Shock. I was speaking with a friend the other day and trying to explain what I'm feeling in the aftermath of Mom signing over her parental rights. I was fumbling and needed help with the word to describe what I am feeling. I was saying, "I feel like, what's the word where you feel numb, and kind of distanced from it all? That word that means you are a little too far away from the world and not sure you believe what is happening?" She answered the word I'm looking for might be called "shock."
Everything changes and most things stay the same. Next week brings visits from social workers the boys still have their monthly visit, and all the Moms are back to work in our house. Life marches on. I'm feeling a mild panic about needing to have next year's plans for daycare and childcare ironed out like right this minute. From now on we are only ever looking forward. We've been a family for the better part of a year and a half and have never focused on the "forward" part of our family life. Which is a statement unfathomable to my friends with kids.
In the coming weeks I'm sure I will find the relief and elation that I know is coming. But now? Right now I just feel unadulterated grief and so much loss. We were not at the courthouse on the day this happened. This was the first time I've ever not been there throughout this whole process which really, really makes me frustrated. Our nanny's kiddo was sick so we had no childcare, I had to teach mid-day and with the commute to court, no childcare for the day and our schedules - it could not work. The questions I'm wishing hardest for answers to are ones I suspect will be answered in the years to come. I find myself wondering why she finally agreed to sign off on the rights to all of her babies? Why now? I wonder what she would want me to tell the boys about why she decided to end this all on that particular Wednesday? For reasons of her own she gifted her boys a different life. And she gifted us a family. She allowed all of us closure and an end to this endless court process.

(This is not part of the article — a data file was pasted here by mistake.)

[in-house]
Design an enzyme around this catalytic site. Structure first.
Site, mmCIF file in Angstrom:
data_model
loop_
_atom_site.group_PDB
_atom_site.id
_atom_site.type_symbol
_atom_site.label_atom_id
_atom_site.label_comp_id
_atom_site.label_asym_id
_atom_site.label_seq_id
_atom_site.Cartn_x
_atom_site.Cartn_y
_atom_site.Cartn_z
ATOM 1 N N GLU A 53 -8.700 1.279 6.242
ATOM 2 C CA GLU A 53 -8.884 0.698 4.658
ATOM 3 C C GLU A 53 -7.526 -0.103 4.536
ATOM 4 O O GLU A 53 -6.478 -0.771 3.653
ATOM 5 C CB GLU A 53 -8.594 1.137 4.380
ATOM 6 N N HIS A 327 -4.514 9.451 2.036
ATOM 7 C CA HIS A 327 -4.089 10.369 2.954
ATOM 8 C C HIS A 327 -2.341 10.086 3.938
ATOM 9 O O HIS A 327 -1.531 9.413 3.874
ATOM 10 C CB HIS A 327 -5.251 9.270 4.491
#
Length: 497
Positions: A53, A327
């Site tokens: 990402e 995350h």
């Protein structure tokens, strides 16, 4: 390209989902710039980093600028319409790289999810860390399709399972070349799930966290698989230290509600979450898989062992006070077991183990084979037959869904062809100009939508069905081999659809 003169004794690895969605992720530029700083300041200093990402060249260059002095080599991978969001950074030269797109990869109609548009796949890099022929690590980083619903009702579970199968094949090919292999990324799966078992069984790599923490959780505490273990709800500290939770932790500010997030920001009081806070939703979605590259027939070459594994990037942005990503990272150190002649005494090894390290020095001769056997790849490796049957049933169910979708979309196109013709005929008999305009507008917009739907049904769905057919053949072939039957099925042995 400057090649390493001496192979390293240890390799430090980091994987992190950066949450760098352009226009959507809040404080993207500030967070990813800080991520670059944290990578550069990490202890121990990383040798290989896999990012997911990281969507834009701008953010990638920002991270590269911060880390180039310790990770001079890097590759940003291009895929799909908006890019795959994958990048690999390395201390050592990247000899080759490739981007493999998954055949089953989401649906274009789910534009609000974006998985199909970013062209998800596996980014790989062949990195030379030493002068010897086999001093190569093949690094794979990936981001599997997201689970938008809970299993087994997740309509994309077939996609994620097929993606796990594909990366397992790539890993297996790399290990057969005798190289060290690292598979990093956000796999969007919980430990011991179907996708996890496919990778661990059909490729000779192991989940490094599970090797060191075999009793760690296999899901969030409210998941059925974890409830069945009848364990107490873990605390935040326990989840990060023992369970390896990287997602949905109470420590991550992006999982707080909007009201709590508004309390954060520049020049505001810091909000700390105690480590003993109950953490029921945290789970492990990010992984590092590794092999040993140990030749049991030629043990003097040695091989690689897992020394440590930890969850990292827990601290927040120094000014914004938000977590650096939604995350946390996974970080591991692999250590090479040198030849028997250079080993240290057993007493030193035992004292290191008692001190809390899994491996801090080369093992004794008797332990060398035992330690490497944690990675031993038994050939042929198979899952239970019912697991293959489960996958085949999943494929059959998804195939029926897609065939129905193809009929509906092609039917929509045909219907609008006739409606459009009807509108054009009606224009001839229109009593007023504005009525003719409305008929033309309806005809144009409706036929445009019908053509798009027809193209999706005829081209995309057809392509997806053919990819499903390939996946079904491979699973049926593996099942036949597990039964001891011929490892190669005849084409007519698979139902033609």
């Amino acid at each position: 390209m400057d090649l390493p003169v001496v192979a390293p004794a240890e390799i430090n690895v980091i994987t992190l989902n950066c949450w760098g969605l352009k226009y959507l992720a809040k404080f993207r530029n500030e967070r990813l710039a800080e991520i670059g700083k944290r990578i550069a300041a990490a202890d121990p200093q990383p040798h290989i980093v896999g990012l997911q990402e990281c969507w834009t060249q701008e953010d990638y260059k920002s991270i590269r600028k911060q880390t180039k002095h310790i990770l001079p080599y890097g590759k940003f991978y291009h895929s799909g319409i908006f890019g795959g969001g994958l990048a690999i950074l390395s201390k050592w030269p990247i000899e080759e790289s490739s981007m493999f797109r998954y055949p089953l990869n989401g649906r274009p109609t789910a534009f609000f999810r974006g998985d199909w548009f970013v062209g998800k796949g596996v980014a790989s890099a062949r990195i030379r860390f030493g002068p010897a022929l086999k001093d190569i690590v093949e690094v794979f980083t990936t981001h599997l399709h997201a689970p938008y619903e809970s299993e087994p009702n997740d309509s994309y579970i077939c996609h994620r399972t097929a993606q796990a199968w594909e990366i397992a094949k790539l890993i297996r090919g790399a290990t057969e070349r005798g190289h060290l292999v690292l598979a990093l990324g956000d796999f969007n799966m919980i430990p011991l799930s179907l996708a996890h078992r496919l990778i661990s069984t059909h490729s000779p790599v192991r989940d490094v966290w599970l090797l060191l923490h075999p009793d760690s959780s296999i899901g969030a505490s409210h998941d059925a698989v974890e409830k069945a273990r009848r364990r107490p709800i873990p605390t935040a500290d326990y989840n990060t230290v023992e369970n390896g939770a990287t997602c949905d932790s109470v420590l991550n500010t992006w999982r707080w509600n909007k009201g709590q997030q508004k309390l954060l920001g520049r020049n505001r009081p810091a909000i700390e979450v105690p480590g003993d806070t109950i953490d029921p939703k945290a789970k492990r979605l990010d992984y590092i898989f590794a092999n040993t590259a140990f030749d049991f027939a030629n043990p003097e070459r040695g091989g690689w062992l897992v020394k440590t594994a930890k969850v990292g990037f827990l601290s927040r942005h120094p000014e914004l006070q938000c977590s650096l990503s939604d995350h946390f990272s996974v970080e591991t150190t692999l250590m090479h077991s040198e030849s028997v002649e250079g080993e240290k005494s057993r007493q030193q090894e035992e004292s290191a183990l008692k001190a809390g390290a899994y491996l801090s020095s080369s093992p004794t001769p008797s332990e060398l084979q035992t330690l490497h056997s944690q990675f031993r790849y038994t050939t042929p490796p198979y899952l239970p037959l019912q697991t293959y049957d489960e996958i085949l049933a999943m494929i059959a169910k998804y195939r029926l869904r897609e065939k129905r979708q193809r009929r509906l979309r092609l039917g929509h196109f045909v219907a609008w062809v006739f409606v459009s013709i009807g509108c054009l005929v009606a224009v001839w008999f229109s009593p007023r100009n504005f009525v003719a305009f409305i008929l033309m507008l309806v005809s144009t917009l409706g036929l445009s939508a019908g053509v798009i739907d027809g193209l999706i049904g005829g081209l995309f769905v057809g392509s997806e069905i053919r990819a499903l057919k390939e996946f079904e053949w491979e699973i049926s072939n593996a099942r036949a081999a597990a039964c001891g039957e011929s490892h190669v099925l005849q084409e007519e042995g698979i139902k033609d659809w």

I wish there was a way I could sit down with everyone involved in wanting to adopt or waiting for kids and say this to them: The family you will become is born from pain and loss, please do not forget that. Honor that. Honor Mom's pain, and kid's pain in surviving what their life as a family was before. Your life will not be all grief and hardship, not by any means. And yet the first phase of moving through any feeling is just allowing yourself to be right next to it, or surrounded by it, if that's a more apt metaphor. Our family was given permission to be together forever by the boys' Mom. She gifted us permanency for reasons of her own. And then she walked out of that courthouse completely alone. She did not have one single support person with her in court that day. How does one even begin to imagine what it must feel like to create an official agreement to never parent your babies again and then walk outside the building into the Spring rain all by yourself? You could allow yourself to default - to no-show in this process and the end result would be the same, relinquishing legal rights. This Mom showed up and stood up before all the people who worked to support her, and then in turn, remove her kids and she signed papers so that we could remain a family. The image I am holding most in my heart this week is how utterly and completely alone she was that afternoon. I hope, in the quiet places in my heart, that someday when the boys are grown enough they'll be able to hear her talk about her side of that day. I know I will do my part to make sure they know she gifted us love and togetherness, at her heart's expense. Our family is born from loss and pain. We Moms were gifted two boys to do right by and work our hardest to love and raise up. The magnitude of this all is not lost on me.
Foster Mom (The Therapist)
Read the Artist's response here